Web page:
Breast calcifications are small areas of calcium in the breast. They do not cause any symptoms and you cannot feel them. They usually found during a routine breast x-ray (mammogram).
Calcifications are common and, in most cases, they are harmless. There are two types:
Macrocalcifications (benign coarse calcifications)
These areas of calcium look like big white dots or dashes on a mammogram.
Macrocalcifications are sometimes called benign coarse calcifications. They are a natural result of breast tissue ageing and they are harmless. They are not linked with cancer and they don't need any treatment or checking.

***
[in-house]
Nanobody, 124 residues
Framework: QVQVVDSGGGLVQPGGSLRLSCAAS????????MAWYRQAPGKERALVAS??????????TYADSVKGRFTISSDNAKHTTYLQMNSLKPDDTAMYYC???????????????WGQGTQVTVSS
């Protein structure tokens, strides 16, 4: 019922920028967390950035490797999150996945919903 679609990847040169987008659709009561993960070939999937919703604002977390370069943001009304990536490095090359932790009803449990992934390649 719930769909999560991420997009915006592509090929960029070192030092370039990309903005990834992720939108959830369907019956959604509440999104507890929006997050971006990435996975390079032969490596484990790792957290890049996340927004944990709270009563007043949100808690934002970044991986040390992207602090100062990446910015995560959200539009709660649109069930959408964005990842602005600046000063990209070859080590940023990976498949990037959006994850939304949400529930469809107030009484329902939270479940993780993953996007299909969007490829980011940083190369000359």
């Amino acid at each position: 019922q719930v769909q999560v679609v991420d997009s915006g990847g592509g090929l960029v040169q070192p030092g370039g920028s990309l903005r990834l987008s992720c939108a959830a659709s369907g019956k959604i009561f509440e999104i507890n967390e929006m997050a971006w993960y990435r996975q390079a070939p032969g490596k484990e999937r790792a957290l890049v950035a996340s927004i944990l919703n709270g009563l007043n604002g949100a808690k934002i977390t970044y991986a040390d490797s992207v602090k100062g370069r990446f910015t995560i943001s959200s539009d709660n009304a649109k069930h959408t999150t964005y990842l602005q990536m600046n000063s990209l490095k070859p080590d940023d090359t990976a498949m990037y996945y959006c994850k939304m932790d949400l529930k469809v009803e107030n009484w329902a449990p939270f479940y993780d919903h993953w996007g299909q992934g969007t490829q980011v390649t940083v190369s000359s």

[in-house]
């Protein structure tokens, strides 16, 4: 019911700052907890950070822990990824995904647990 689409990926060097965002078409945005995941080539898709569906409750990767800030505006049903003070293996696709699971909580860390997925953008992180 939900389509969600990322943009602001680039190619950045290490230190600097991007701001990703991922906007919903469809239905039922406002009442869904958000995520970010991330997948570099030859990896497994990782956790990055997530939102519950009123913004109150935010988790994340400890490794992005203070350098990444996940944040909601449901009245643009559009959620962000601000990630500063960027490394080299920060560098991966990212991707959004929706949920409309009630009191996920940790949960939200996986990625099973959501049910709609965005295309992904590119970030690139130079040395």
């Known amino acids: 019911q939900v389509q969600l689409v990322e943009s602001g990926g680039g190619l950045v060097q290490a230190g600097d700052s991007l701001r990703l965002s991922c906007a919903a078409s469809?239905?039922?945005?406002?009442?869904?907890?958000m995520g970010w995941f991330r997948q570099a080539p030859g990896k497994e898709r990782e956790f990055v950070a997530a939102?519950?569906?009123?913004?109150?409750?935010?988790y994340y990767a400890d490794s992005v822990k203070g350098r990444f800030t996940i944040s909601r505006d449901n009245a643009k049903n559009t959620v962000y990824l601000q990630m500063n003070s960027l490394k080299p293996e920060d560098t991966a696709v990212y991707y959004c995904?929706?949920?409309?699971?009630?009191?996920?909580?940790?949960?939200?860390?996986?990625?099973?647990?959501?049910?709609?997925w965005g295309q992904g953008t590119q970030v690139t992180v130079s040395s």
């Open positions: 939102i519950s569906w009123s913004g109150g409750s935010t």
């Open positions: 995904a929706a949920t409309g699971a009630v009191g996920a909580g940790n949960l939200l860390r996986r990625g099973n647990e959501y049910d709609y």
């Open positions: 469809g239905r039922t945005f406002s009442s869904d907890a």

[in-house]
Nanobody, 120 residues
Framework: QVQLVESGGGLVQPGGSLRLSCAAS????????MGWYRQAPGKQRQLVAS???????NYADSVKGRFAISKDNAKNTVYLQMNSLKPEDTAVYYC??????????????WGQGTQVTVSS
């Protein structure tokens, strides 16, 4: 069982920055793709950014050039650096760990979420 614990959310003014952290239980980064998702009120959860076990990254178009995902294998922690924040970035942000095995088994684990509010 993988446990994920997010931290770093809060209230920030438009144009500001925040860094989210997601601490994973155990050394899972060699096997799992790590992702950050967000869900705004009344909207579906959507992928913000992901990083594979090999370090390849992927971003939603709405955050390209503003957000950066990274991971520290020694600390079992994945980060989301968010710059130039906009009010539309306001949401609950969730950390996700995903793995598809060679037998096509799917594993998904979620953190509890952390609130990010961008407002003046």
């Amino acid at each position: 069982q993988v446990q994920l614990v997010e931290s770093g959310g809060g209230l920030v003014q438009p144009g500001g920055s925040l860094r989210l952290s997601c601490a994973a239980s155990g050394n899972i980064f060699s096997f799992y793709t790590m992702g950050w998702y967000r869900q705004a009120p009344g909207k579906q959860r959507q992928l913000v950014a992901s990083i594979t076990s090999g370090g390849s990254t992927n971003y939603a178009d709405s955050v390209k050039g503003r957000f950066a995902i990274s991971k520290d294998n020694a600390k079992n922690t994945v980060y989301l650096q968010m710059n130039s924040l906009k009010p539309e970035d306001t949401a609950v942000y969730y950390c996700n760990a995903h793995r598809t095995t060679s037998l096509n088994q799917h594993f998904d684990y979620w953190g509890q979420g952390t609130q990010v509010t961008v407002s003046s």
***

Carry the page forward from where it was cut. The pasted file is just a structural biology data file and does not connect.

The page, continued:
Macrocalcifications are found in about half of all women over the age of 50. They are found in about 1 in 10 (10%) women under the age of 50.
They may be caused by:
- calcium deposits in a cyst or in milk ducts as women get older
- previous injuries to the breast
Calcium in the diet does not cause calcifications.
These are tiny calcium deposits that show up as small white specks on a mammogram. They are usually found in an area of the breast where cells are being replaced more quickly than normal.
Microcalcifications are not usually due to cancer. But a group of them in one area of the breast (a cluster) may be a sign of pre-cancerous changes or early breast cancer.